This e-news is dedicated to bringing Benefits of Honey visitors interesting news related to honey, food, health and nutrition issues, which I think are really worth a read.
Many species of Manuka flowers (Leptospermum) have been identified across Australia. Local universities'research studies on the potency, healing, anti-inflammatory properties of the honey have shown that these species share the same powerful antimicrobial properties as New Zealand's Manuka honey, possessing the high level of additional non-peroxide, antibacterial components, which are stronger than other hydrogen peroxide types of honey. With runaway global demand for the small supply of New Zealand Manuka honey, especially for the higher Unique Manuka Factor (UMF) rated honey, the discovery of the Australian source represents a great opportunity for the Australian honey producers, who are raring to capitalize on the multi-million dollar market for medicinal honey.
Watch how natives from a Nepalese tribe hunt in the dangerous mountains for "honey for immortality", a wild honey with natural psychoactive properties (hence also known as the "mad honey") and how they "steal" from the aggressive Giant Himalayan bees, world's biggest bees. Nectar is collected by these bees from the wild flowers of Rhododendrons which contain Grayanotoxins, a poison that can cause death when overdosed. The tribe believes tha the honey is supreme in its medicinal value and contains exceptional health benefits.
If you eat honey sourced from Australia and New Zealand, be prepared to pay more as the prices soar. In Australia, beekeepers are facing their worst honey season in ten years. Droughts, bush fires and floods have been cited as reasons for the terrible harvests.
And in New Zealand, honey consumers are also stung by steeper prices. The bees are staying inside their hives due the colder weather and stronger winds.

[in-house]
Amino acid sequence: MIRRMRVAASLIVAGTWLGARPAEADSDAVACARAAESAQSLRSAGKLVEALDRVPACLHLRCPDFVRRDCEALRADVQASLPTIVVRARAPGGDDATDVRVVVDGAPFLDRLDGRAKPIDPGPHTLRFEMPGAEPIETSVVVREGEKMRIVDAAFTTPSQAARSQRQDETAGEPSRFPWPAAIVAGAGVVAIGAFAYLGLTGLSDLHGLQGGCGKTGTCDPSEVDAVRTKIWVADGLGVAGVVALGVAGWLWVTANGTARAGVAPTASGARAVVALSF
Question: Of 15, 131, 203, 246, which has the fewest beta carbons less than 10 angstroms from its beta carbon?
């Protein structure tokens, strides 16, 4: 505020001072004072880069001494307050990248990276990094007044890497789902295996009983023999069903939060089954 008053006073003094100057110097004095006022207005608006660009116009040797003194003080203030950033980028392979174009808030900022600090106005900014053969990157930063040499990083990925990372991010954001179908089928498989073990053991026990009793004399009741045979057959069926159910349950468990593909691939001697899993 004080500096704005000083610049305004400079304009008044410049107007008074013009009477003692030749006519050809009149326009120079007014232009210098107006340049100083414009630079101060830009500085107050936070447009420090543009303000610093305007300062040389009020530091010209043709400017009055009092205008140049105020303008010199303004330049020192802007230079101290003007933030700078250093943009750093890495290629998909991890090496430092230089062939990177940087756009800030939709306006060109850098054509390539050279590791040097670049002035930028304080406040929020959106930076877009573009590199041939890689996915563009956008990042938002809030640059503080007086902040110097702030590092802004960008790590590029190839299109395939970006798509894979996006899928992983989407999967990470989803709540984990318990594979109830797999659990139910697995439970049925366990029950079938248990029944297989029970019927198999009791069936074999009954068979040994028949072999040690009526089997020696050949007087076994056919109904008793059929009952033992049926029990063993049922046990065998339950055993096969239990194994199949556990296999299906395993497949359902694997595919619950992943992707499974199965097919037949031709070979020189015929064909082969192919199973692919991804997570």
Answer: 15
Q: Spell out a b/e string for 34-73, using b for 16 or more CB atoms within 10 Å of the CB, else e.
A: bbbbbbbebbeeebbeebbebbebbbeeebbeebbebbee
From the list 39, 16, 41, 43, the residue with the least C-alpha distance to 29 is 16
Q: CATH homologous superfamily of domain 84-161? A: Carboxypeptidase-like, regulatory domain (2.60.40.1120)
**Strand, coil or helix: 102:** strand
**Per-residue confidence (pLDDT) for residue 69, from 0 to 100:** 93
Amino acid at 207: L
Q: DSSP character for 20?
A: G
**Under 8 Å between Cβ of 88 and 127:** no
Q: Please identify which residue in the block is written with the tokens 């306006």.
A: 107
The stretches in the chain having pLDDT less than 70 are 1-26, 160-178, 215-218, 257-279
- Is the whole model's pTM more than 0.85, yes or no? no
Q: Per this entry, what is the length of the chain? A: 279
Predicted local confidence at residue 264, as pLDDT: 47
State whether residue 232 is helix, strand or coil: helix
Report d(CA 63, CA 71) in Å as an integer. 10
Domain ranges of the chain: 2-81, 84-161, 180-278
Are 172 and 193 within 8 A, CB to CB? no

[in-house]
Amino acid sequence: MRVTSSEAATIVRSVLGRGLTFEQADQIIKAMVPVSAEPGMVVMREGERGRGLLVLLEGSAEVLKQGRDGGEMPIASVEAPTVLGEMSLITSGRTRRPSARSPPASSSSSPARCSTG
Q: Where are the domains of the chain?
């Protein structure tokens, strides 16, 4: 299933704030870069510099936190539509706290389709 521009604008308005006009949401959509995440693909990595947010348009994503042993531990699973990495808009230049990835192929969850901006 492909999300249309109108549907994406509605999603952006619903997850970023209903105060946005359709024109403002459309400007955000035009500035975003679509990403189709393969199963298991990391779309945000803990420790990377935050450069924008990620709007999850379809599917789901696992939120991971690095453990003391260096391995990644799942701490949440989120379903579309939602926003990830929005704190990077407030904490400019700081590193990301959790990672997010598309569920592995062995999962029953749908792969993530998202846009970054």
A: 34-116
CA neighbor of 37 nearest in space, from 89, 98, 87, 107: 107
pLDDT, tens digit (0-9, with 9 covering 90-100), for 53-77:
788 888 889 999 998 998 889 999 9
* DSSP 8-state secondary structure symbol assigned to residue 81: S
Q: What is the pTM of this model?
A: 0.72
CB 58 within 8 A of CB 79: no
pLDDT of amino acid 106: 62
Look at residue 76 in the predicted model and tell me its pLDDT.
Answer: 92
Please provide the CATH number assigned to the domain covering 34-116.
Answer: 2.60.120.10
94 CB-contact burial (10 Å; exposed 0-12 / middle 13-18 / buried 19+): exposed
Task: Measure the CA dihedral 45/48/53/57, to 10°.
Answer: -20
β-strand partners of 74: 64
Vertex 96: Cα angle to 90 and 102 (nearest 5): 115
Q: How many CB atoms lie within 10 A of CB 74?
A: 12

Mike McInnes, the author of the Hibernation Diet, has launched his new book, The Honey Diet. As more and more research points to the link between sleep and metabolic disorders such as obesity, hypertension, and type 2 diabetes and suggests that addressing your sleeping habits may be key for both the prevention and treatment of these disorders, The Honey Diet book will become even more significant in theorising the role of honey during restorative mode. More on how to fed the brain with honey and sleep away the fats in The Honey Diet Book.
The propolis bee farm at the Penang Botanical Garden was open to the public since 2009, but it is news to me as we just stumbled upon it and discovered it! And it will be inside my bucket of to-visit-places!
Visitors can learn how the tiny, black stingless bees (Trigona bees) there are bred and how they collect propolis, a resinous mixture known for its potent antibiotic propoerties, from the surrounding botanical plants, as well as how they extract nectar from the garden's floral sources to produce honey. It is said that the bees there produce as much as 500kg of raw medicinal honey every month for commercial purposes. That means visitors can purchase and bring some honey and propolis back from the garden!
Address: Kuarters D, Mukim 18, Taman Botani, Jalan Kebun Bunga, 10350, Georgetown, Penang
The waste-processing plant for M&M's bite-sized chocolate candies has been identified as the cause of the production of unnatural shades of blue and green honey by the bees from the northeastern France apiaries. The honey is unsellable because it does not meet France's standards of honey production, resulting in a major set-back for the affected beekeepers who are already struggling with high bee mortality rates.
Taken from the beautiful documentary "Queen Of The Sun":
Queen of the Sun: What are the Bees Telling Us? is Taggart Siegela's profound look at the global bee crisis. A remarkable film not to be missed. Here's the trailer.
Need I say more...enter gallery to view them!
Little Black Rain Cloud
I'm just a little black rain cloud
Hovering under the honey tree
I'm only a little black rain cloud
Pay no attention to little me
Ev'ryone knows that a rain cloud
Never eats honey, no, not a nip
I'm just floating around over the ground
Wondering where I will drip
Oh, ev'ryone knows that a rain cloud
Never eats honey, no, not a nip
I'm just floating around over the ground
Wondering where I will drip
Recent media reports of several beehives encounters in the neighbourhoods of Singapore have caught my attention. If you find it intriguing that these incidents are treated as news-worthy and are even reported by national media, you are probably not a local. Yes, by head-knowledge, the people here do know that bees are a vital part of the eco system, but in day to day living here, they are considered rare and dangerous, a menace.
You have to understand that in a setting imbued with city ways and highly encroached by science, technology, and innovation, the bees and the creatures from the nature are not top of mind for the urban populace. In fact, when beehives are ever sighted, they cause a stir and commotion, and are immediately reported, destroyed, and removed by the pest controllers.
Hold on a second, this is bizarre, did you say "pest controllers"? Bees are feared?